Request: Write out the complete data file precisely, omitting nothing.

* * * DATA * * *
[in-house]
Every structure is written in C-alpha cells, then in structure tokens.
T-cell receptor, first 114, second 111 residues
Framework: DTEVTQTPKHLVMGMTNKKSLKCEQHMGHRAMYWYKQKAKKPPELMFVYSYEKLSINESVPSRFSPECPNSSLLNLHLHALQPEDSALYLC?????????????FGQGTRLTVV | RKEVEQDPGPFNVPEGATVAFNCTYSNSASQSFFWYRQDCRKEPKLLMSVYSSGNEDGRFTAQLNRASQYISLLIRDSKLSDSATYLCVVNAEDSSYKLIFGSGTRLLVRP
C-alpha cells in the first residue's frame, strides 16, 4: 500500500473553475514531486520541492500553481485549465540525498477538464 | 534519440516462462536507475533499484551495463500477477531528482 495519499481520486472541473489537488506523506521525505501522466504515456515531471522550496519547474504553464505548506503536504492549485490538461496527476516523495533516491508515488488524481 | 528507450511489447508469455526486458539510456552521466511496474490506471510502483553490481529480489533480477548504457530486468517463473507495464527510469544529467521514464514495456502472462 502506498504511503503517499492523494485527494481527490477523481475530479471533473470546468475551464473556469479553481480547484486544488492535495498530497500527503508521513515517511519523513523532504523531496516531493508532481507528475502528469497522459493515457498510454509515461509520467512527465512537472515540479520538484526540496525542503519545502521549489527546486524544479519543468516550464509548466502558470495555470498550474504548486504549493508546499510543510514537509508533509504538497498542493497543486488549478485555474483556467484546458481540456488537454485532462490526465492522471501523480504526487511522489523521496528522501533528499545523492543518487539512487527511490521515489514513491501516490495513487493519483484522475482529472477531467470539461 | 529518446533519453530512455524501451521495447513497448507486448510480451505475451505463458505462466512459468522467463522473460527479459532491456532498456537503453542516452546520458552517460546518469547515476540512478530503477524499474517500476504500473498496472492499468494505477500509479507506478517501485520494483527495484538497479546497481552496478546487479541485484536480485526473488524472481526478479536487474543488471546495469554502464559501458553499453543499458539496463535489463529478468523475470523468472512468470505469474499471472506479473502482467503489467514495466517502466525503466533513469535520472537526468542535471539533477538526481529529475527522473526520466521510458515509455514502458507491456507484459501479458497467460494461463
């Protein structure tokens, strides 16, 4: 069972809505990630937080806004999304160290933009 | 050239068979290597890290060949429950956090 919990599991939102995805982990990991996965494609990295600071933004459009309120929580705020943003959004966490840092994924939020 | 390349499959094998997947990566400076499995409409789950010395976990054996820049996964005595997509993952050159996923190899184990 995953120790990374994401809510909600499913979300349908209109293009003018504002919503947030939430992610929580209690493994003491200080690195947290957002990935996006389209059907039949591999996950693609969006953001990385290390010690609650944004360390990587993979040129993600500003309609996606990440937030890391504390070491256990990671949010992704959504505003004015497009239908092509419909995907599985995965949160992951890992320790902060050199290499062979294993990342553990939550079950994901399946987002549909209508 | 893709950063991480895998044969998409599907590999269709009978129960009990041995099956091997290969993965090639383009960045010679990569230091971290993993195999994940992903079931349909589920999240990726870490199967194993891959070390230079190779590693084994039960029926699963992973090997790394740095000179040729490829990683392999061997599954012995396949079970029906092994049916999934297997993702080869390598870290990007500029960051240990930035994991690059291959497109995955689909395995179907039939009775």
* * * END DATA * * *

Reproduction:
[in-house]
Every structure is written in C-alpha cells, then in structure tokens.
T-cell receptor, first 114, second 111 residues
Framework: DTEVTQTPKHLVMGMTNKKSLKCEQHMGHRAMYWYKQKAKKPPELMFVYSYEKLSINESVPSRFSPECPNSSLLNLHLHALQPEDSALYLC?????????????FGQGTRLTVV | RKEVEQDPGPFNVPEGATVAFNCTYSNSASQSFFWYRQDCRKEPKLLMSVYSSGNEDGRFTAQLNRASQYISLLIRDSKLSDSATYLCVVNAEDSSYKLIFGSGTRLLVRP
C-alpha cells in the first residue's frame, strides 16, 4: 500500500473553475514531486520541492500553481485549465540525498477538464 | 534519440516462462536507475533499484551495463500477477531528482 495519499481520486472541473489537488506523506521525505501522466504515456515531471522550496519547474504553464505548506503536504492549485490538461496527476516523495533516491508515488488524481 | 528507450511489447508469455526486458539510456552521466511496474490506471510502483553490481529480489533480477548504457530486468517463473507495464527510469544529467521514464514495456502472462 502506498504511503503517499492523494485527494481527490477523481475530479471533473470546468475551464473556469479553481480547484486544488492535495498530497500527503508521513515517511519523513523532504523531496516531493508532481507528475502528469497522459493515457498510454509515461509520467512527465512537472515540479520538484526540496525542503519545502521549489527546486524544479519543468516550464509548466502558470495555470498550474504548486504549493508546499510543510514537509508533509504538497498542493497543486488549478485555474483556467484546458481540456488537454485532462490526465492522471501523480504526487511522489523521496528522501533528499545523492543518487539512487527511490521515489514513491501516490495513487493519483484522475482529472477531467470539461 | 529518446533519453530512455524501451521495447513497448507486448510480451505475451505463458505462466512459468522467463522473460527479459532491456532498456537503453542516452546520458552517460546518469547515476540512478530503477524499474517500476504500473498496472492499468494505477500509479507506478517501485520494483527495484538497479546497481552496478546487479541485484536480485526473488524472481526478479536487474543488471546495469554502464559501458553499453543499458539496463535489463529478468523475470523468472512468470505469474499471472506479473502482467503489467514495466517502466525503466533513469535520472537526468542535471539533477538526481529529475527522473526520466521510458515509455514502458507491456507484459501479458497467460494461463
């Protein structure tokens, strides 16, 4: 069972809505990630937080806004999304160290933009 | 050239068979290597890290060949429950956090 919990599991939102995805982990990991996965494609990295600071933004459009309120929580705020943003959004966490840092994924939020 | 390349499959094998997947990566400076499995409409789950010395976990054996820049996964005595997509993952050159996923190899184990 995953120790990374994401809510909600499913979300349908209109293009003018504002919503947030939430992610929580209690493994003491200080690195947290957002990935996006389209059907039949591999996950693609969006953001990385290390010690609650944004360390990587993979040129993600500003309609996606990440937030890391504390070491256990990671949010992704959504505003004015497009239908092509419909995907599985995965949160992951890992320790902060050199290499062979294993990342553990939550079950994901399946987002549909209508 | 893709950063991480895998044969998409599907590999269709009978129960009990041995099956091997290969993965090639383009960045010679990569230091971290993993195999994940992903079931349909589920999240990726870490199967194993891959070390230079190779590693084994039960029926699963992973090997790394740095000179040729490829990683392999061997599954012995396949079970029906092994049916999934297997993702080869390598870290990007500029960051240990930035994991690059291959497109995955689909395995179907039939009775």